Sixers: How does T.J. McConnell affect draft strategy?

Jan 21, 2017; Atlanta, GA, USA; Philadelphia 76ers guard T.J. McConnell (1) dribbles against the Atlanta Hawks in the first quarter at Philips Arena. Mandatory Credit: Brett Davis-USA TODAY Sports
Jan 21, 2017; Atlanta, GA, USA; Philadelphia 76ers guard T.J. McConnell (1) dribbles against the Atlanta Hawks in the first quarter at Philips Arena. Mandatory Credit: Brett Davis-USA TODAY Sports /

With all the talk about Ben Simmons running the point for the Sixers, there seems to be a forgotten man in that equation.

That man is Sixers point guard, T.J. McConnell. McConnell had a breakout year of sorts for the team last year averaging 6.9 points per game and 6.6 assists per game. This is while he also took the reigns on the starting job from Sergio Rodriguez who likely won’t return to the team next year.

McConnell showed that he can be a solid backup in the league or even a fringe starter for some teams giving the Sixers flexibility in the upcoming NBA Draft. His presence means that the Sixers don’t have to reach on a lesser guard prospect like De’Aaron Fox just because they need a point guard. If Markelle Fultz and Lonzo Ball don’t fall to the third position there are two options for the team to add another guard to the team.

They can trade back with the Sacramento Kings to pick up picks 5 and 10 or take the best player available (likely Josh Jackson) at three and wait until one of their second rounders to take a guard that can contribute to the team. Because it’s more plausible to work with picks that you already have, I’ll focus on possible second round prospects for the Sixers.

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Melo Trimble: University of Maryland

Due to no fault of his own, Trimble is coming off of a disappointing season for the Terripans. Trimble’s stock would have been higher if he chose to stay in the draft in 2016 but returning for his junior season ended up hurting his draft placement. But while Trimble’s stock has fallen his leadership skills took a big boost by staying in school. Trimble led a young Maryland team littered with injuries to the NCAA Tournament and that should not be overlooked. A prospect should never be written off by one bad year but that’s what is happening to Trimble.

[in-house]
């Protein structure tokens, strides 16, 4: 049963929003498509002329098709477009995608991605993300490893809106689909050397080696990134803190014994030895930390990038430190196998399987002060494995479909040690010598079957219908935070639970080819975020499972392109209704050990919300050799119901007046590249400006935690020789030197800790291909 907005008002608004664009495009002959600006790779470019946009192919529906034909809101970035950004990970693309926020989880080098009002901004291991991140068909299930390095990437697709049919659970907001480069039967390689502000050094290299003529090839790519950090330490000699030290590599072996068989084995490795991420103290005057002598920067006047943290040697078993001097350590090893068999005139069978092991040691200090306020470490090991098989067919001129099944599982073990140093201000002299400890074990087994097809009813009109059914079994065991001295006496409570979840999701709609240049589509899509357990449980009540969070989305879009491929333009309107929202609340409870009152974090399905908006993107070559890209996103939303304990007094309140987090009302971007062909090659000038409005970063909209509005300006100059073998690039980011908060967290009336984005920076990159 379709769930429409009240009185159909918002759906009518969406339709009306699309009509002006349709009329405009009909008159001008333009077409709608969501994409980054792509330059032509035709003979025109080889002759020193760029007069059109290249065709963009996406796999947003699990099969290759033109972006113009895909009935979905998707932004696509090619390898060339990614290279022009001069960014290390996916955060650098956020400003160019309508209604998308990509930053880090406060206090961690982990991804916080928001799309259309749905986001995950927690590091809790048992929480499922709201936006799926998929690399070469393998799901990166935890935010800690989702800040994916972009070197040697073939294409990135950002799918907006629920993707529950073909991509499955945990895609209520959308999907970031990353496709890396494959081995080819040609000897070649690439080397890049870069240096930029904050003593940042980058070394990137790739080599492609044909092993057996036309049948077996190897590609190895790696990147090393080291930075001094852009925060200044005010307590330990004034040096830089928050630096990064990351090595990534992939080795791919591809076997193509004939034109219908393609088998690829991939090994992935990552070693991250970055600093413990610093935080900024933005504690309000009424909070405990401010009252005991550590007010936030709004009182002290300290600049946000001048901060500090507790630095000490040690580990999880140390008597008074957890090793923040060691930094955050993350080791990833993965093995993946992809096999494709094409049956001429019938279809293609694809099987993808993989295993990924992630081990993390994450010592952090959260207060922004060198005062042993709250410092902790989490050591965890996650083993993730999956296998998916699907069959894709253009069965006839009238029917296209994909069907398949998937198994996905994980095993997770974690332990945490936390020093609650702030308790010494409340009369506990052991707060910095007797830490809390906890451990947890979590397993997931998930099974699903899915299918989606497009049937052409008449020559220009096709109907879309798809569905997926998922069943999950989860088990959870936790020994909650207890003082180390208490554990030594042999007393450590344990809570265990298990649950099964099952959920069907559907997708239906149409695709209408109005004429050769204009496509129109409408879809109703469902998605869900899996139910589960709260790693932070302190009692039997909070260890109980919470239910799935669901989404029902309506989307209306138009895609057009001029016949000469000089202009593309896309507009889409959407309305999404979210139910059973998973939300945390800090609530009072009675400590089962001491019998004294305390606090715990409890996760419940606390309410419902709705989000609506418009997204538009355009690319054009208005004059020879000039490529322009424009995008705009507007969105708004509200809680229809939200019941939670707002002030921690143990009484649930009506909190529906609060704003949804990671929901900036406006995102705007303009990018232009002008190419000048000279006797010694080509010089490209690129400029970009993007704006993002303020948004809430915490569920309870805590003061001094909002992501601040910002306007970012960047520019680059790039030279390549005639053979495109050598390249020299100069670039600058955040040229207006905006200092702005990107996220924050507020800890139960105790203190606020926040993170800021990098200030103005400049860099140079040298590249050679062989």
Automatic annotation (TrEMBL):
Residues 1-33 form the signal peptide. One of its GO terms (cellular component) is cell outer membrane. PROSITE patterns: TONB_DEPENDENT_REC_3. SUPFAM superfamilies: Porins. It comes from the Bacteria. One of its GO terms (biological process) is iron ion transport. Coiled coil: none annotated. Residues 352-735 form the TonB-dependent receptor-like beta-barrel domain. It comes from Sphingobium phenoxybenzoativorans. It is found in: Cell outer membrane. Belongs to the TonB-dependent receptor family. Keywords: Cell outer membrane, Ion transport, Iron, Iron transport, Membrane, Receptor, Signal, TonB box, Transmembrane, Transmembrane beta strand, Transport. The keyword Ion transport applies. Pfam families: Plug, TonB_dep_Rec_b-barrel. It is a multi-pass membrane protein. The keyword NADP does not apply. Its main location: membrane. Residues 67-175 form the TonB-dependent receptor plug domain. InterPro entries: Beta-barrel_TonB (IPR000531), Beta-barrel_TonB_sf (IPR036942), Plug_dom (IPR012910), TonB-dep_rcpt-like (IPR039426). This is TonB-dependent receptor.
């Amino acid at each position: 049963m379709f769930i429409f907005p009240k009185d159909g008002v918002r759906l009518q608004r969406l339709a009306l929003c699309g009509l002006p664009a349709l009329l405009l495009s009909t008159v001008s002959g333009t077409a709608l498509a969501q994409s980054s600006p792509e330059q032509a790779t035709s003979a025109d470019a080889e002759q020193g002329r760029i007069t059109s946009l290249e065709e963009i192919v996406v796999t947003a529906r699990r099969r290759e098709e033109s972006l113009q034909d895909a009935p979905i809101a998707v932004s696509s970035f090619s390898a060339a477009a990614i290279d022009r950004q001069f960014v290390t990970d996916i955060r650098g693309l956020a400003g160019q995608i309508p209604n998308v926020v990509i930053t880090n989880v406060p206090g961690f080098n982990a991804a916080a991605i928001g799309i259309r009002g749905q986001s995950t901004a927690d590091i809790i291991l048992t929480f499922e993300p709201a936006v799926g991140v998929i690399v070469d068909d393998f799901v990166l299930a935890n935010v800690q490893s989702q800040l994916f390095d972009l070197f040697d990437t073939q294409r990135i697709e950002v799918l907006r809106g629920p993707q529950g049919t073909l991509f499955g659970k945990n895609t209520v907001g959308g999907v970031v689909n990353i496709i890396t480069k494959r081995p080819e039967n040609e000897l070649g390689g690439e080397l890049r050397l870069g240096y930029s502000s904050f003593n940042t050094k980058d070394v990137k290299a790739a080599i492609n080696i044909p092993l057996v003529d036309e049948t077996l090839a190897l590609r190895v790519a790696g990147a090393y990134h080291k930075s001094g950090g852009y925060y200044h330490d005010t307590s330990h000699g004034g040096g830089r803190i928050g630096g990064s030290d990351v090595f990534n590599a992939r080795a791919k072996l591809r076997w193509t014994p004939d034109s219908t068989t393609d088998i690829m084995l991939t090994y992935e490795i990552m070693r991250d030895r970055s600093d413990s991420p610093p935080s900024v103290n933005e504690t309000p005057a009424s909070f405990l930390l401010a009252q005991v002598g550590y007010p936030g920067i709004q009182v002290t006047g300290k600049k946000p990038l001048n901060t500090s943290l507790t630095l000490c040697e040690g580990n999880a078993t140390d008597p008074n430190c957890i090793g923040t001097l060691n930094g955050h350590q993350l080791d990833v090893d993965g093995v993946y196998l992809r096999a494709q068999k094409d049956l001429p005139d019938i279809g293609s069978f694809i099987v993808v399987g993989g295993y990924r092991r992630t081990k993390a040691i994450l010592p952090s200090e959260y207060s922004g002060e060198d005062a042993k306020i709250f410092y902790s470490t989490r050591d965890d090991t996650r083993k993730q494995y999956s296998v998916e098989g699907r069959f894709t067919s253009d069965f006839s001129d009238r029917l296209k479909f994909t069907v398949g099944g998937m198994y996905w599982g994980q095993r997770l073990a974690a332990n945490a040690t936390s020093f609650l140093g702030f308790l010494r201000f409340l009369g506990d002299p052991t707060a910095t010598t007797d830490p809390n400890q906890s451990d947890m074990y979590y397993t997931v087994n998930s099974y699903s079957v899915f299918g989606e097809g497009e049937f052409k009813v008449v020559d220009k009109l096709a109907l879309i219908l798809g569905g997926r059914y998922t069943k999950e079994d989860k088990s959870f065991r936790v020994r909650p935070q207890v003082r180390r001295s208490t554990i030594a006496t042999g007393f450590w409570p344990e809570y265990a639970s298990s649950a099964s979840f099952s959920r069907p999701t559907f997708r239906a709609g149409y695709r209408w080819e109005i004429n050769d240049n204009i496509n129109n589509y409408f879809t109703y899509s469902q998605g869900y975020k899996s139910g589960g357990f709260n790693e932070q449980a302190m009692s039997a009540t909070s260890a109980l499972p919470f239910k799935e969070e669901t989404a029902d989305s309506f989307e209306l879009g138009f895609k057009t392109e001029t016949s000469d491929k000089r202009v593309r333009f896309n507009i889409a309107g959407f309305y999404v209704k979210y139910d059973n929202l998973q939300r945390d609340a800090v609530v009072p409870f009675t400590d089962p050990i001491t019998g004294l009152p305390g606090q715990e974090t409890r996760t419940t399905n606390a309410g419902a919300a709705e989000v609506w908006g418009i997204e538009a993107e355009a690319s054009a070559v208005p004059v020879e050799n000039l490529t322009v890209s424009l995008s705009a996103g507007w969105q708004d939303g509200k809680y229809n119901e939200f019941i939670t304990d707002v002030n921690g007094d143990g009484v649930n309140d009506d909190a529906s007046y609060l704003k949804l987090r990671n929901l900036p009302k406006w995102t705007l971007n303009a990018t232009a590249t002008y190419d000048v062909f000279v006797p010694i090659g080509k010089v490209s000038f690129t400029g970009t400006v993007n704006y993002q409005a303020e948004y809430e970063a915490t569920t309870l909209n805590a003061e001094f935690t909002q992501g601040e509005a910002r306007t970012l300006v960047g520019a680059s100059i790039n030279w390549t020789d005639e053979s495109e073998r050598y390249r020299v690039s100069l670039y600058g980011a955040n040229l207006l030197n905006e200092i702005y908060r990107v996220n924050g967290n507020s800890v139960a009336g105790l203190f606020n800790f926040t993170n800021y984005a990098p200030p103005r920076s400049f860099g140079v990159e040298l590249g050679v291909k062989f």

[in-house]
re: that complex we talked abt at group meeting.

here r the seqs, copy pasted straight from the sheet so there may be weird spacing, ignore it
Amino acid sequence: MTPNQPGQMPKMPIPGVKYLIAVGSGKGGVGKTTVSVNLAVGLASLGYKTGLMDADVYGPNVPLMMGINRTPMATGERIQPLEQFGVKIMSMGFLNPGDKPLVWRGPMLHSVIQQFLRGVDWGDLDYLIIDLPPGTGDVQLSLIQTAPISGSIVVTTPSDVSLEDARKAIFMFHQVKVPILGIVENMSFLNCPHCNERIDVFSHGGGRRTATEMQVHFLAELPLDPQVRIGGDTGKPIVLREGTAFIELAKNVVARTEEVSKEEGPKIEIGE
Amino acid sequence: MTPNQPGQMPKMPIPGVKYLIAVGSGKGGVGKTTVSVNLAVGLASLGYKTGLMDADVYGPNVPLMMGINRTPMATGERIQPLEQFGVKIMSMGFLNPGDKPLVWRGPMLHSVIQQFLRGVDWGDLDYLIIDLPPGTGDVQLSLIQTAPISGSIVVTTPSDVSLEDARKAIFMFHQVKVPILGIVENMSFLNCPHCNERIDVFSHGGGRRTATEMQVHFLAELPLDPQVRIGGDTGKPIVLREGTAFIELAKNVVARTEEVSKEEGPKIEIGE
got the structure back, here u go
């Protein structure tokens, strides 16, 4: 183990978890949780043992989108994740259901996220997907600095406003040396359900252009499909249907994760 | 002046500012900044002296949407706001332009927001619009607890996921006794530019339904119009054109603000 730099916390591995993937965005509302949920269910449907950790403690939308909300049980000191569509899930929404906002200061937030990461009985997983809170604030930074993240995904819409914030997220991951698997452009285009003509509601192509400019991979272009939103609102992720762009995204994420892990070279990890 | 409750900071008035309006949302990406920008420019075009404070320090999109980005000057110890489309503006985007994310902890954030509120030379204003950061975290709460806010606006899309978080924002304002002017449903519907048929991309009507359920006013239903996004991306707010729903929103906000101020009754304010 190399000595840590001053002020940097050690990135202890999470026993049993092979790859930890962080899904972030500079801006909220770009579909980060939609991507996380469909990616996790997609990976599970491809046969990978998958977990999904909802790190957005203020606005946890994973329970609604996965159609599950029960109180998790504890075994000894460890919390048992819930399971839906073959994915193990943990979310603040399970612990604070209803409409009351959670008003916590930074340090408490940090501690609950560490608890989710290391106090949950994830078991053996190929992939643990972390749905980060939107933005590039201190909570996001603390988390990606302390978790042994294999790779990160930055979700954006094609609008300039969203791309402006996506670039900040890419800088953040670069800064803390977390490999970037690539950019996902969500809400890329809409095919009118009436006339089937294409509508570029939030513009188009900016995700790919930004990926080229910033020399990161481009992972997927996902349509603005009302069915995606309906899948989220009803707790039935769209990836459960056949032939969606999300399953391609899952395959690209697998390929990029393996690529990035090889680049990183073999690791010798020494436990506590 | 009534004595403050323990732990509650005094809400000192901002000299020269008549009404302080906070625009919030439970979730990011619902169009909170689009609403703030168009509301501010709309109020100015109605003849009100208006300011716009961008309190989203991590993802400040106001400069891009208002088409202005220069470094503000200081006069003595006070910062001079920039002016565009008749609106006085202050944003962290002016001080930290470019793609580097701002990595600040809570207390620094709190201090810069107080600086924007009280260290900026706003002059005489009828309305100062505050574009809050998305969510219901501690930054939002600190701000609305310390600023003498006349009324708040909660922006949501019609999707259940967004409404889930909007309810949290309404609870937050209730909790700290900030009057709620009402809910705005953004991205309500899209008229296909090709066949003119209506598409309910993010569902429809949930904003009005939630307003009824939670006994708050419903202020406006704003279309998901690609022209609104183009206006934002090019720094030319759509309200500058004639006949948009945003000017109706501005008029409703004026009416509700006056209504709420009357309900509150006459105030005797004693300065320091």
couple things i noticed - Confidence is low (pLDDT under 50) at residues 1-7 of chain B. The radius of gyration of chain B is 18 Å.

His ability to get to the free throw line and passing acumen are top notch and while his three point percentages leave much to be desired, Trimble could be a second unit rotational player. Trimble could also look to cut down on turnovers while improving defensively but what better person to learn that from than T.J. McConnell?

Frank Mason: Kansas

Let’s begin with this, as a prospect Frank Mason is old at 23 years of age but that doesn’t mean that he should be overlooked. Mason averaged 20.9 points per game while performing at a consistent pace across the board for the Jayhawks. Where Sixers fan’s eyes should perk up is that he shot the ball at a 47(!) percent clip from three-point land for Kansas. Mason also has good physical tools to be an impact NBA guard. Adding in that Mason averaged 5.2 assists per game compared to 2.4 turnovers per game and he could thrive with the second unit.

Mason’s biggest drawback is his size only standing at 5’11” but his physical tools more than compensate for it. Mason is a guy who could make an impact in the NBA especially if he continues the upward trajectory that he was on during his college years.

P.J. Dozier: University of South Carolina

Dozier is already a guy on the Sixers’ radar as one of 20 prospects that they interviewed during the NBA Draft Combine. Dozier was the second leading scorer for South Carolina averaging 13.9 points per game. The 20-year-old is the youngest prospect on this list and he could have some upside if the Sixers choose him over a more polished prospect. Physically, Dozier has the tools that make scouts drool but his issue will be mastering those skills professionally.

Dozier isn’t a great shooter and can tend to get into foul trouble but as a second round pick those risks are minimized. Add in the fact that the Sixers have four second rounders and spending one on a project pick isn’t an issue at all.

Next: Sixers 2017 offseason checklist

Sindarius Thornwell: University of South Carolina

The reigning SEC Player of the Year offers an interesting late round option for the Sixers. Averaging 21.4 points per game, Thornwell could offer a shot to the offense but at 22 the question is how much development does he have left to do. Thornwell is a strong two-way player with leadership qualities but concerns about his release may keep him off of Sixers draft boards.